After the Second Vatican Council, Pope Paul VI formally implemented the renewal of the diaconate, which is an ordained ministry for men (married or single) who are called to serve the Church. The Archdiocese of Omaha provides for the formation of men in preparation for ordination. Ordination is followed with a formal appointment by the archbishop to diaconal ministry. Formation and ministry adhere to the requirements defined in the “National Directory for the Formation, Ministry and life of Permanent Deacons in the United States.
A deacon is a member of the clergy who assists the bishop and priests. He is ordained, not to the priesthood but to service. He has a three-fold role of service:
- Charity in which he is of service to the community.
- Word in which he proclaims the Gospel and preaches.
- Liturgy in which he assists at Mass, is an ordinary minister of the Eucharist and baptism, witnesses marriages, leads the community in prayer, especially funeral services and the Liturgy of the Hours.
Deacons minister in many different settings from the traditional parish to prisons, hospitals, convalescent homes, juvenile detention centers, shelters for the homeless or the abused, soup kitchens, police departments, and the workplace. Regardless of where a deacon finds himself, it is there that he serves.
However, a married Deacon is not always alone in his various ministries. For some married deacons, their wives are an essential part of their ministry. Wives are required to attend the first year formation sessions. The formation process is a period of time spent in formal education, spiritual direction, and practical ministry. After the first year of formation, wives may voluntarily attend all of the formation sessions, attend retreats, and support their husbands in whatever way their schedule allows.
If you are interested in finding out more about becoming a Deacon, the best place to start is with your pastor, who can put you in touch with the Director of Deacons for the Archdiocese. The Director will be able to outline the various requirements and processes to be followed.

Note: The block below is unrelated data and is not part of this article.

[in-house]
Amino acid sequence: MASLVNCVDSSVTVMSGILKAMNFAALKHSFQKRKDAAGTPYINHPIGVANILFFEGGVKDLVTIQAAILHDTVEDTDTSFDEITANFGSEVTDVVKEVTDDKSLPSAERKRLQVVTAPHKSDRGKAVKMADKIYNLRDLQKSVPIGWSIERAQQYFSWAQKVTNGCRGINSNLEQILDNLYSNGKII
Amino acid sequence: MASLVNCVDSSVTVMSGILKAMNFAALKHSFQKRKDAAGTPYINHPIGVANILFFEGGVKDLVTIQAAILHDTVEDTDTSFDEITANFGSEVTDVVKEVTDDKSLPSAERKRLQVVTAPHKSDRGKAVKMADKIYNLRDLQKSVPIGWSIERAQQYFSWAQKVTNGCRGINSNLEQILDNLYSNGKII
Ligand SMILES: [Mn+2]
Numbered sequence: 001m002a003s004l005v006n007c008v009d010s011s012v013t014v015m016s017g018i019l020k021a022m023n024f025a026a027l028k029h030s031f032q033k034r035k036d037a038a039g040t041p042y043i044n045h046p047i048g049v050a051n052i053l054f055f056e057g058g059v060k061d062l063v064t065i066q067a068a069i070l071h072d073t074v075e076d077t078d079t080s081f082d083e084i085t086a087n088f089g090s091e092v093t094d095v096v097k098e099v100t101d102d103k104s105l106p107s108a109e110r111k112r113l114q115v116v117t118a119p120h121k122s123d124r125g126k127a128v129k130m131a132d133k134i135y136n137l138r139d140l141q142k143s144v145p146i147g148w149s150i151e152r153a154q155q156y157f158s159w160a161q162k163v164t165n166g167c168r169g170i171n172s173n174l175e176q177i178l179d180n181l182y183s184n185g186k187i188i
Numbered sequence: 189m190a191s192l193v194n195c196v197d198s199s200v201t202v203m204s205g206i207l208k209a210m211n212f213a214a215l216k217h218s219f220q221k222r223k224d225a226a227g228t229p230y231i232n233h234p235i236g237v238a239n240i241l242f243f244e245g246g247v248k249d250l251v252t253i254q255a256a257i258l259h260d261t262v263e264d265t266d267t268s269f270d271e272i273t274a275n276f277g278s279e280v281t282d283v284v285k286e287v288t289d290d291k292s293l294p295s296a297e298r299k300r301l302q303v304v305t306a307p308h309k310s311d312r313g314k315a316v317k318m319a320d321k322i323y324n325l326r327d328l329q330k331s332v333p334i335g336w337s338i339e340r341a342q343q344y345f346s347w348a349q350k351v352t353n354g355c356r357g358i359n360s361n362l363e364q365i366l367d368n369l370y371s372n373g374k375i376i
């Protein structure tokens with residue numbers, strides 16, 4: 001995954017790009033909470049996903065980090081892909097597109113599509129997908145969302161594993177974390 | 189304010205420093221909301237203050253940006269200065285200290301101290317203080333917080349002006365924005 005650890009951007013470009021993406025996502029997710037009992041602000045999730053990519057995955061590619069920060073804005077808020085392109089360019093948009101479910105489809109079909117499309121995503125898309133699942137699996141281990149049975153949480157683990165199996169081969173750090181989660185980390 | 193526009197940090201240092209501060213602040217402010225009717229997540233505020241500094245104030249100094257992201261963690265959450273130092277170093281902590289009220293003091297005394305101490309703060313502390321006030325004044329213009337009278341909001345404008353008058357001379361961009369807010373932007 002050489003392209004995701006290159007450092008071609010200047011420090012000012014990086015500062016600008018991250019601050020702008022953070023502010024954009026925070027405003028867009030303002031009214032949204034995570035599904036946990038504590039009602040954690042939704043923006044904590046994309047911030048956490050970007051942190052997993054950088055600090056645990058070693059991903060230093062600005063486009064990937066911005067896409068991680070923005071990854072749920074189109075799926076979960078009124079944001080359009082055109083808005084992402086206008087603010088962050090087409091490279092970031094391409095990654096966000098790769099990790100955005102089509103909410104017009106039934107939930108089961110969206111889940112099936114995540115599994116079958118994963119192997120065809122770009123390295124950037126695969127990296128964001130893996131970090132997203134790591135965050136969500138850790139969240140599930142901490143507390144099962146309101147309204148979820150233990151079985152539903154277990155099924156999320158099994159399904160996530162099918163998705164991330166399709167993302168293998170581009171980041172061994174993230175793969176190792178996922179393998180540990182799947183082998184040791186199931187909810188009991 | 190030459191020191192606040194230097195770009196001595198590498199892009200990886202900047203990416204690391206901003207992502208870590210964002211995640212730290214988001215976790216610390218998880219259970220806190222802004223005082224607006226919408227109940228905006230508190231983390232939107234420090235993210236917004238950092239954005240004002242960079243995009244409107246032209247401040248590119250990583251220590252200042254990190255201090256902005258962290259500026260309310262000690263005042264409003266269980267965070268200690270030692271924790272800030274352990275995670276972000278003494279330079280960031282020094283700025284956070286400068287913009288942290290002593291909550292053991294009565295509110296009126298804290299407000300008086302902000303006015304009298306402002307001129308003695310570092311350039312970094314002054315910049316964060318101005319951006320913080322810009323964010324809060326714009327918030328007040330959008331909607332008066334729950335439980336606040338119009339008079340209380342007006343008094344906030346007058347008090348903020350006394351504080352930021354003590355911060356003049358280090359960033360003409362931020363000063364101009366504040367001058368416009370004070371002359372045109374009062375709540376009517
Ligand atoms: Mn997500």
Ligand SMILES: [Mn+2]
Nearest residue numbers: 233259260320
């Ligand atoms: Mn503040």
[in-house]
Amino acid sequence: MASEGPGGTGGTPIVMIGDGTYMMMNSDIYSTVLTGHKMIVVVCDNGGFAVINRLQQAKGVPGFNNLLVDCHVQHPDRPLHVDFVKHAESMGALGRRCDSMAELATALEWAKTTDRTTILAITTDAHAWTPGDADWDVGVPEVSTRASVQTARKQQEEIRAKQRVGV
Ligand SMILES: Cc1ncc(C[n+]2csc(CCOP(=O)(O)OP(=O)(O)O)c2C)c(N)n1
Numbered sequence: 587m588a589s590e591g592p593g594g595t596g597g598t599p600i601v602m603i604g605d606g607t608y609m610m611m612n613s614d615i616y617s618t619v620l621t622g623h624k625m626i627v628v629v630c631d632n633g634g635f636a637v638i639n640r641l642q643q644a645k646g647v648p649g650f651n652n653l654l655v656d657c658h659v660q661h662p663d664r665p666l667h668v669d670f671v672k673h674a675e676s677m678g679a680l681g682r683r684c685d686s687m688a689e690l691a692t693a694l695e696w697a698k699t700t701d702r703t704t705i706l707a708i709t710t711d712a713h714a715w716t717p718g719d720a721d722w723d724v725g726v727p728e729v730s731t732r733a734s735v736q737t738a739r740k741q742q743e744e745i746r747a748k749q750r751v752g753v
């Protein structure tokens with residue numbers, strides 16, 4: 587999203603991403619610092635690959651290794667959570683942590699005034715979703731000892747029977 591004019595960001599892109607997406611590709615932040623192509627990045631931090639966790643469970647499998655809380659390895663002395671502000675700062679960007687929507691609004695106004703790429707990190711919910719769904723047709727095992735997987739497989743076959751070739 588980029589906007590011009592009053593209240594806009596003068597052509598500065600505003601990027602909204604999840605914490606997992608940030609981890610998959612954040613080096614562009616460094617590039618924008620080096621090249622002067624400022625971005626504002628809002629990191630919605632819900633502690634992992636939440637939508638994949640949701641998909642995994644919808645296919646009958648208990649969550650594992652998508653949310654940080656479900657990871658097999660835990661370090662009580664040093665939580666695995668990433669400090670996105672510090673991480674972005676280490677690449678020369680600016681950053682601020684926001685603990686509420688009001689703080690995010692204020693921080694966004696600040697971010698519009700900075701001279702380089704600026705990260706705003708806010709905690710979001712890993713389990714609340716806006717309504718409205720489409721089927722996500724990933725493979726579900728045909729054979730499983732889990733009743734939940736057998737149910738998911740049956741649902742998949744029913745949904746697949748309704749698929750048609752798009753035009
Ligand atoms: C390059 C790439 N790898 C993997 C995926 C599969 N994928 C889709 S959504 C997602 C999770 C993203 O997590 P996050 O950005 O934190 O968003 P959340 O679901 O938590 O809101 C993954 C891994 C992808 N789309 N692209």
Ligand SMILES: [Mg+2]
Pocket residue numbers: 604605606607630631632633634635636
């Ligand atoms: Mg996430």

The Order of Deacons was instituted by the Apostles. It was restored as a permanent and public ministry in the Roman Church as a result of a decision made by the bishops at the Second Vatican Council. The restoration of the permanent diaconate was authorized in the United States in 1968.
The aims of the diaconate are to enrich and strengthen the works of service being performed by the Church, to enlist a new group of devout and competent married and single men in the active ministry of the Church, and to aid in extending needed charitable and liturgical service to the faithful. Wives of deacons assist in many of these areas.
The number of deacons in the United States has continued to grow steadily. There are more than 16,000 permanent deacons ministering in better than 140 (arch)dioceses in the United States.
Even if there are deacons in your parish, you might be called to God.
It is not clear whether Stephen and his companions were ordained deacons in the sense we would understand it today, but their functions have become the heart of diaconal ministry at the tables, of the needy, and at the table of the Lord.
The word “deacon” comes from a Greek word, diakonia and means “Servant.” We are all called to be deacons by virtue of our baptism and confirmation. At this time men are allowed to answer the call to Sacramental Ordination, to be a public sign to the world that the Church is really and truly “servant.”
The Deacon is called to speak in the name of that Church. He is called by his community to serve that community and anyone in need. His motivation is not to be just a part of another social agency, rather his motivation is to know the Heart of God and to be that Heart of God for God’s people.
Interested men, under the age of 55, should contact their pastor and begin a conversation with him about one’s attraction to Holy Orders. In time and with the consent of the pastor and the man’s spouse, should he be married, he should contact the office of the Director so his name can be placed on a waiting list. He then should continue to pray, discern, and otherwise look to the day when he can apply. Applications are taken every other year.
Deacon James Keating
Archdiocese of Omaha